MS Optic Nerve Attacks and Symptoms

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Optic neuritis, or the inflammation of the optic nerve that connects the eye to the brain, is the third most common type of multiple sclerosis relapse, making up approximately 17% of all attacks. 20% of all MSers experience this as their first acute attack. The optic nerve sends messages from the eye to the brain, describing visual clarity, color perception, and brightness. An attack of optic neuritis usually affects one eye. During an acute MS optic nerve attack (when the immune system attacks the myelin covering surrounding the optic nerve), the following symptoms may occur:

Blurred, murky vision: this can be intermittent or it can be a steady disruption of proper sight

Acute loss of vision: complete loss of vision in the affected eye may occur, and this too may fluctuate or remain steady during an attack

Eye pain: pain from the inflamed optic nerve can make moving the eye or even keeping the eye still very painful

Loss of or change in color vision: optic nerve inflammation can also cause a loss of or fluctuation in color clarity, making the visual field less vivid or “washed out”


  • How weird…I just left a comment of Shauna’s blog about her “eye” for the stunning and came directly here. Now I’m kinda creeped out! LOL

    Linda D. in Seattle

  • After my first exacerbation my eyes never went entirely back to normal. My peripheral in one eye is a bit “abnormal.” It seems this happens to many people with MS but I have no data to prove it.

  • Jen

    Well it isn’t the prettiest view of an eye, is it? Do you feel as though it’s following you, Linda?…haha!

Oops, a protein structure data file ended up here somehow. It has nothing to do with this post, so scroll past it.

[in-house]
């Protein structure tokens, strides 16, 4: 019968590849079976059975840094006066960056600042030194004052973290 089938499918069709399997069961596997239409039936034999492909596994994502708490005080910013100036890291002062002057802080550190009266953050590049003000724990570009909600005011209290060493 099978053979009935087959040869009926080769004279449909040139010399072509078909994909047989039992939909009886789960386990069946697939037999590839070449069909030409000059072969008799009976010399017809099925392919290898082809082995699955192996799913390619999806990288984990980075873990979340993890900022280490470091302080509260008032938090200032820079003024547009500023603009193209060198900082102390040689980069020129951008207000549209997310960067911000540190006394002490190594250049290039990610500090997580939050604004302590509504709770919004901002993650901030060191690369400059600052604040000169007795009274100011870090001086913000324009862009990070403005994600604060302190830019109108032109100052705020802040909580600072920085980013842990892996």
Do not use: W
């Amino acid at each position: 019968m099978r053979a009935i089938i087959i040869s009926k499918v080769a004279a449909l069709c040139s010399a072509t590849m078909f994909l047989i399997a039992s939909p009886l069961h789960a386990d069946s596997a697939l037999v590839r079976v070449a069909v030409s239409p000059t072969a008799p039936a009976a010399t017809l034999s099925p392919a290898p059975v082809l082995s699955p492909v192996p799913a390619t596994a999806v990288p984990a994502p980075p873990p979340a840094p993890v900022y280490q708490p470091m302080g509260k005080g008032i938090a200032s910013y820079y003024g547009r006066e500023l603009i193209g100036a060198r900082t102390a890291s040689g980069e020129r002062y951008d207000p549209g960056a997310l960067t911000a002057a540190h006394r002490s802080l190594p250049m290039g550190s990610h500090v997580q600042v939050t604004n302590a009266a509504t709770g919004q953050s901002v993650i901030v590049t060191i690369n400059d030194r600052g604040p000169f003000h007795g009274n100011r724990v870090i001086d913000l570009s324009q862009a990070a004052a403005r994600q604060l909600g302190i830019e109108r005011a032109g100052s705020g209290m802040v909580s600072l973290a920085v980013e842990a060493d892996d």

Nadja– I hear so many people talk about their residual vision problems. I haven’t experienced optic neuritis to date, but I had 6th nerve palsy (double vision), and thankfully that didn’t leave any permanent damage. It’s a mystery as to what will disappear and what will leave a permanent mark I guess.

  • Hello Jen –
    I have optic neuritis, multiple sclerosis and trigeminal neuralgia. On April 1. 2012, my website and blog, Bends In The Road: One woman’s journey through life’s turning points (,) will launch.

    In this blog, I will discuss my journey from an active healthy person to someone overcome by ailments and severe depression to my current management of these and other diseases through the help of family, friends, and excellent doctors.

    Working on this blog has provided me with a new life in which I feel as if I finally am contributing something to the world. I will have images and a reference section on the website in which I will post names and links to books and websites that will be helpful to all persons struggling with major life altering events that were out of their control.

    I would like to request the use of the optic nerve image located above as well as a link to this post. Would this be possible? I would love to list this as a resource to my readers – which will be many as I have advertised greatly to other bloggers, people with MS, therapists working with people who have MS, my local and other chapters of MS, the Trigeminal Neuralgia Association and Network, as well as friends and family.

    I look forward to hearing from you.

    Sincerely –
    Monique Liddle

  • Jen

    Absolutely, Monique. Best wishes to you!….


  • Pat

    I just got back from a MS neurologist and after an eye test says the optic nerve is slow in one eye. I’m having blurred vision and jumpy vision.

    Does anyone know if this can cause permanent total loss of vision

  • Jen

    Hi Pat—

    If you have MS, there is always a risk of permanent damage. I would check with your neurologist to get more info about optic neuritis.

  • hi i have optic nerve glioma i am 26 now

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